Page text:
Facts about the 11+ and grammar schools

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Here are some of the reasons we need to phase out the use of 11+ tests.

Fact: The 11-plus test isn’t fair

  • The 11-plus is based on a bankrupt idea that intelligence is innate, fixed, and can be easily measured.
  • Tuition greatly increases a child’s chances of passing the 11-plus. Children whose families cannot afford private tuition, or who lack the skills to practise test questions with a child, are at a clear disadvantage.
  • A test taken at 10 is unreliable and is not an accurate indicator of a child’s future academic attainment. Around 22% of children are wrongly classified at 10 or 11 based on their eventual GCSE results.

Fact: The majority of children admitted to grammar schools are from affluent families

  • 13% of grammar school pupils have been privately educated.
  • The majority of grammar school pupils come from families able to afford expensive coaching. An estimated £25 million a year is spent on 11-plus tuition with individual families sometimes spending £2,000 or more on coaching.
  • Typically just 5% of grammar school pupils receive free school meals due to family income, the average in a typical comprehensive school is 23%.

Fact: Grammar schools damage the schools around them

  • Schools surrounding grammar schools end up with a disproportionate number of lower attaining pupils and pupils with additional learning needs.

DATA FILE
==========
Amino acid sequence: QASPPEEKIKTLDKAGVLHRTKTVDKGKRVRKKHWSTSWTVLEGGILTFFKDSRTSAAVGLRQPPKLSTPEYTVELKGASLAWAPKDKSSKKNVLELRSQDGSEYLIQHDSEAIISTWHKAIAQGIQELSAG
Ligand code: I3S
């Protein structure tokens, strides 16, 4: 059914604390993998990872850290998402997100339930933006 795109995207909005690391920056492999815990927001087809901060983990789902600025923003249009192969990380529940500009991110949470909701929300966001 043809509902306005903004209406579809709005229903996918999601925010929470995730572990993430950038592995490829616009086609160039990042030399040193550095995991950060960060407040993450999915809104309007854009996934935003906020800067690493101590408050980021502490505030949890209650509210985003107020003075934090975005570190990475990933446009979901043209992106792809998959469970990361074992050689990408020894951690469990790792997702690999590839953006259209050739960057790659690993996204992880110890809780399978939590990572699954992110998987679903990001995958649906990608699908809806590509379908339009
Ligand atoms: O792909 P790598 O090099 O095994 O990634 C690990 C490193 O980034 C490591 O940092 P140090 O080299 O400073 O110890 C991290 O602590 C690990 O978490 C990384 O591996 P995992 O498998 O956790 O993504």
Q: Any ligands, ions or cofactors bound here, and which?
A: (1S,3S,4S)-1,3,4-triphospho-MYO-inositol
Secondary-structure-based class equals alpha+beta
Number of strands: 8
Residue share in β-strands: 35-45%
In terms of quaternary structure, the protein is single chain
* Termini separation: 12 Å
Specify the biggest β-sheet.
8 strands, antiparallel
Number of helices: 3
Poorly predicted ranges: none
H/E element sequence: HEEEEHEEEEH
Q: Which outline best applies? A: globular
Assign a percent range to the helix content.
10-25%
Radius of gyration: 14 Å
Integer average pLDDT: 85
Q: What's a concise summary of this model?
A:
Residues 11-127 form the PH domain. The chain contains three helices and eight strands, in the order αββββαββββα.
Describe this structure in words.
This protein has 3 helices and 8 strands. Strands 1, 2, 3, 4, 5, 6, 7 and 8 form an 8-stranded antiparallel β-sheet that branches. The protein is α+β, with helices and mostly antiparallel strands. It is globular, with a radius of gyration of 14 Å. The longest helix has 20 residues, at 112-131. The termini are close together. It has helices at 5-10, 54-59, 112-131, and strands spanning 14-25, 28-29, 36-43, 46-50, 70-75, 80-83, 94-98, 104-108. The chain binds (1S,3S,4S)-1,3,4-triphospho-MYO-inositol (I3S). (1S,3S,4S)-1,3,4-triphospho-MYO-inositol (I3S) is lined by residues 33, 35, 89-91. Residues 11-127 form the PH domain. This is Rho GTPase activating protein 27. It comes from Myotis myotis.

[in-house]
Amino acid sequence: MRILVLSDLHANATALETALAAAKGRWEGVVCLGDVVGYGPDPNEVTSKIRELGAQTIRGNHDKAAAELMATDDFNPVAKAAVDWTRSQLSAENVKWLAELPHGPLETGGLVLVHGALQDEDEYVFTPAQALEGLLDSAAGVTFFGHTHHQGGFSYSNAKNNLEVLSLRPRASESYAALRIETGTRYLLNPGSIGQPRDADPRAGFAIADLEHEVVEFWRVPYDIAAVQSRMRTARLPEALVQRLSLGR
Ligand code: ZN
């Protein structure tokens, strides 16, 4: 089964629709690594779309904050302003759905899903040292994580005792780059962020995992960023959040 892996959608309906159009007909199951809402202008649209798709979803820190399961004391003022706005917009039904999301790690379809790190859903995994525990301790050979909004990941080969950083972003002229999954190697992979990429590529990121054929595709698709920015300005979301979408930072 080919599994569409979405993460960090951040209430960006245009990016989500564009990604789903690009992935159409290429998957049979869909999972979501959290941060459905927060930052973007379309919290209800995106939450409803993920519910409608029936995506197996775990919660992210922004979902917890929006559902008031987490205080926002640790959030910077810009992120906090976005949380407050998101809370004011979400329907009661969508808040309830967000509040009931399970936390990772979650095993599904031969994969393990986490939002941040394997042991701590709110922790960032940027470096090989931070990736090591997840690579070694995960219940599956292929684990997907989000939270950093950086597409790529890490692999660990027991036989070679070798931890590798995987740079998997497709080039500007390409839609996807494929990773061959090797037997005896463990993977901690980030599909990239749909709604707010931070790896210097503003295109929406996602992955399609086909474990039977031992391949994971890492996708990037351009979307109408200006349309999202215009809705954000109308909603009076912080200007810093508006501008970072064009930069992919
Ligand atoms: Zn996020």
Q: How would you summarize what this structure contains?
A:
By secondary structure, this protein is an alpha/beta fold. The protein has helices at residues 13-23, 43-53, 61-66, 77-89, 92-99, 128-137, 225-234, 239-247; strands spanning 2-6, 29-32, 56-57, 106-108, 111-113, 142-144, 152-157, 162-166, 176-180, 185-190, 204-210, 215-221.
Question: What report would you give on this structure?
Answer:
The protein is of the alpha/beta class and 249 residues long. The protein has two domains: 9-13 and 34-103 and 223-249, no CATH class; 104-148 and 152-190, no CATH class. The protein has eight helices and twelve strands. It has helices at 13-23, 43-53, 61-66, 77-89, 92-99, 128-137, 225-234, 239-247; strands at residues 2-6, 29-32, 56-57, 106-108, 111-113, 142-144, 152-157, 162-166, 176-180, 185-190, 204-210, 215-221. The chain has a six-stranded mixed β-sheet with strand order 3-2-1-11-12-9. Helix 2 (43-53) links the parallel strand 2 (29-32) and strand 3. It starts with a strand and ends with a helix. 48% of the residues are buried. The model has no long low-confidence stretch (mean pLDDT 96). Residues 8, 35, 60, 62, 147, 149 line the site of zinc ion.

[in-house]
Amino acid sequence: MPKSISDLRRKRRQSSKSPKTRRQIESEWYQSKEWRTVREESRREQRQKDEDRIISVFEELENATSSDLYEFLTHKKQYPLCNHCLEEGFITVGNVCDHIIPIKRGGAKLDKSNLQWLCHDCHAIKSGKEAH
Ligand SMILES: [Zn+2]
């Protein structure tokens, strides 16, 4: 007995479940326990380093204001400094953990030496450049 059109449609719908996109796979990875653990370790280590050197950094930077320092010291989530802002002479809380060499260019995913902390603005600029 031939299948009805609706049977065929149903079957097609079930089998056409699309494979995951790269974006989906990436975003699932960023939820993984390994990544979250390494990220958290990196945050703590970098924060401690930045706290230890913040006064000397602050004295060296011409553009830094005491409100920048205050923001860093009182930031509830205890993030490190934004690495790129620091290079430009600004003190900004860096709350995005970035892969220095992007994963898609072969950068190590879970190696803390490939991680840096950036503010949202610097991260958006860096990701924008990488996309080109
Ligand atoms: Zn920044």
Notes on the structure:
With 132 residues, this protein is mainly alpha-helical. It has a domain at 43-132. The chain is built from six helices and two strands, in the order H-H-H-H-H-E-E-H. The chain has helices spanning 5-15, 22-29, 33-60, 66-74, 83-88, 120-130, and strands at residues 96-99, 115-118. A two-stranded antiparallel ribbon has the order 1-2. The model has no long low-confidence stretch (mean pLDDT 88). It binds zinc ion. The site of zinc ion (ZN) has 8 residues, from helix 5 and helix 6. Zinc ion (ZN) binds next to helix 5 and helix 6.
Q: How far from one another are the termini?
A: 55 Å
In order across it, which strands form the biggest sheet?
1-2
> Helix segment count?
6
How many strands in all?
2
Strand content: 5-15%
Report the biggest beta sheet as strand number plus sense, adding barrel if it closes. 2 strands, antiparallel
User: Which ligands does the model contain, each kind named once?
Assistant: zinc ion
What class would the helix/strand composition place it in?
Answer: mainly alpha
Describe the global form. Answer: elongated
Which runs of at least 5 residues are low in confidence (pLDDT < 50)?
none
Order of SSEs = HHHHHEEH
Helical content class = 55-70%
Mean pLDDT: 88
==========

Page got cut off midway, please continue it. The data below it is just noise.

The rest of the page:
• Schools around grammar schools can face difficulties recruiting teachers and are often unable to offer the range of academic subjects offered by selective schools, particularly at sixth form.
  • Grammar schools are unfairly considered ‘better’ schools than other schools in their area. A school comprised of high attaining pupils will be high achieving. This is not an indication of a grammar school’s ‘specialness’ or ‘better’ teaching – it is inevitable because of the type of pupils they select.

Fact:  Comprehensive education works

  • The majority of global education systems are comprehensive, and many have no public exams until age 18. The highest performing education systems worldwide do not segregate pupils based on ‘ability.’
  • Studies of grammar school pupils show no result’s boost once their attainment is taken into account. Similar pupils do just as well in comprehensive schools.
  • A genuinely comprehensive education avoids academic segregation and social divisiveness. Educating children from all social backgrounds together prepares them for a diverse society and helps make our society more cohesive.

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